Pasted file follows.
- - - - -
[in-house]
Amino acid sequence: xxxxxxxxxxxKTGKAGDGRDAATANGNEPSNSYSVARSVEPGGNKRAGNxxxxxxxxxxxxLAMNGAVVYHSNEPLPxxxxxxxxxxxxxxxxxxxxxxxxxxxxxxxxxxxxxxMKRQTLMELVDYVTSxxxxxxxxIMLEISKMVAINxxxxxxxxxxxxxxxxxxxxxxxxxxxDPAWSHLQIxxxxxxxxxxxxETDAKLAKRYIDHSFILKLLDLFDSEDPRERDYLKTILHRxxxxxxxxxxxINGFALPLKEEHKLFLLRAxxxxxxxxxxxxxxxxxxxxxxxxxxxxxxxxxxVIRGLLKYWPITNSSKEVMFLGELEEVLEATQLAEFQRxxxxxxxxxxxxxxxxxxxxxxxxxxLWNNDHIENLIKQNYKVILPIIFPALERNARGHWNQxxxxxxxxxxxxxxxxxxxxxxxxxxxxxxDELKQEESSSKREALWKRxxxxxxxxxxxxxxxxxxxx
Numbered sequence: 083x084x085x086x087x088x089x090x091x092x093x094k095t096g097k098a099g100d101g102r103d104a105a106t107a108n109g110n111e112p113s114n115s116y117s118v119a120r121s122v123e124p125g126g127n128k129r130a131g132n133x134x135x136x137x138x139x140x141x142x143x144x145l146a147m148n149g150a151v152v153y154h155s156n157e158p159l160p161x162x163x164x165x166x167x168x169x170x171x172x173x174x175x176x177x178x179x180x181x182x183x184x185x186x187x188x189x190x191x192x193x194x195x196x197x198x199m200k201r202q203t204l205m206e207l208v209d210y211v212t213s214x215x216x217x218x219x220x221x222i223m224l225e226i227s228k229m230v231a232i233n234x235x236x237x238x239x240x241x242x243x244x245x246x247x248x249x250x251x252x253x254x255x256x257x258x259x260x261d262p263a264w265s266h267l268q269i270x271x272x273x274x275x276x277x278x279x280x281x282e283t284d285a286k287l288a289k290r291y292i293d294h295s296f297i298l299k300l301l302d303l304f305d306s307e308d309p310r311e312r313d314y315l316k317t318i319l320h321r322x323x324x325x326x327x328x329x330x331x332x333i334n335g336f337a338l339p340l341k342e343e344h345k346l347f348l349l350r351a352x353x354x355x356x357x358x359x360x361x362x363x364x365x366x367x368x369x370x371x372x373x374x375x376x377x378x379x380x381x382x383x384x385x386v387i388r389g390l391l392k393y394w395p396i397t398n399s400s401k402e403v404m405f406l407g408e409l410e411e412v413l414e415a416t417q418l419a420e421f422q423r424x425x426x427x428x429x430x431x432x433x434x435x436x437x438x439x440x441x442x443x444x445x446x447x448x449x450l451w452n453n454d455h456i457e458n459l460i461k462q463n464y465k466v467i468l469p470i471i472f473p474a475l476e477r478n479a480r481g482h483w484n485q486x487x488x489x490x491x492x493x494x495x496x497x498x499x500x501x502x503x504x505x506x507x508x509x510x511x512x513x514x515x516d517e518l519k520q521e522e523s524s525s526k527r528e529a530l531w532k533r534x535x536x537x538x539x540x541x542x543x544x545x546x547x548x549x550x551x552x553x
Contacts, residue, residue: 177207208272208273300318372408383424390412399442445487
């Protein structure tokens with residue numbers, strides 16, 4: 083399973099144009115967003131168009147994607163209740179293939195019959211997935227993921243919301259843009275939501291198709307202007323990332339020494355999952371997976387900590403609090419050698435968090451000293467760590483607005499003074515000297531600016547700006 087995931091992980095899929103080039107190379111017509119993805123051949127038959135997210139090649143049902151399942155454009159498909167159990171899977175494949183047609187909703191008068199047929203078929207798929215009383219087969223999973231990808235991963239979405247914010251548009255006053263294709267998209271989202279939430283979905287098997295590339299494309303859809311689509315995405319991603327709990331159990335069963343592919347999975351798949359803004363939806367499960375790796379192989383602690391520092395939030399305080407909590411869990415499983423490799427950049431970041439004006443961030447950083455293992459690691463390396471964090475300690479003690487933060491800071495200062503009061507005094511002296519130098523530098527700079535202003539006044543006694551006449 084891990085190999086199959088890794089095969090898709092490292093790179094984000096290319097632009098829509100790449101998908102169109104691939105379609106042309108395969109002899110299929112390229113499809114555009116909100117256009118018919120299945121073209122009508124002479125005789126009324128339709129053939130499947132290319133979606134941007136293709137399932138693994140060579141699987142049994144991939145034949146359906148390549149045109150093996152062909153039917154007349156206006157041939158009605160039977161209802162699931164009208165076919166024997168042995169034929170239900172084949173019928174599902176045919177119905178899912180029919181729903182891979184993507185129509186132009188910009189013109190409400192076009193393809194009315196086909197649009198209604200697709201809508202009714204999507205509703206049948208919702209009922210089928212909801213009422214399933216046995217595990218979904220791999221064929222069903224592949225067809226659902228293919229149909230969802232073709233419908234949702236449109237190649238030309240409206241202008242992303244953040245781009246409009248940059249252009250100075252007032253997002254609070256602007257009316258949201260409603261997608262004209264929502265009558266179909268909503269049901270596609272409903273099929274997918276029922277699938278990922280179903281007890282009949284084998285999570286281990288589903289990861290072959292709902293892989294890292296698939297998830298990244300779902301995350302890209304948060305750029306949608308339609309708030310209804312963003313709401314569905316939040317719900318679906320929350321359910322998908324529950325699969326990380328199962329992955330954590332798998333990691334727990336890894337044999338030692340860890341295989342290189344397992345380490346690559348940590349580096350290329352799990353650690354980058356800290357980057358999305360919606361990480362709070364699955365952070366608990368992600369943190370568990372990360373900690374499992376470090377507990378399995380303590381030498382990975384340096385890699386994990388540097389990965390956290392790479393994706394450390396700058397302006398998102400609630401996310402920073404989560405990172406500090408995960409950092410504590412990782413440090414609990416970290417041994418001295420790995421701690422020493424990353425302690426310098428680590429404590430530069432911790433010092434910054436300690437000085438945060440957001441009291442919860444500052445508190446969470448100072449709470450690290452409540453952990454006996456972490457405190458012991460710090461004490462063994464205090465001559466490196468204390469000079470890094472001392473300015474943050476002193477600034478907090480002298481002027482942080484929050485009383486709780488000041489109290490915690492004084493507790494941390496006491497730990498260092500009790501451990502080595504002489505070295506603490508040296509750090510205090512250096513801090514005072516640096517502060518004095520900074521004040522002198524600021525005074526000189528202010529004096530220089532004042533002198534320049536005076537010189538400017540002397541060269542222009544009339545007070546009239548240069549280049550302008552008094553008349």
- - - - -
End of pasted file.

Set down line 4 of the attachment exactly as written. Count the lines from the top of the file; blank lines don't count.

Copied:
Contacts, residue, residue: 177207208272208273300318372408383424390412399442445487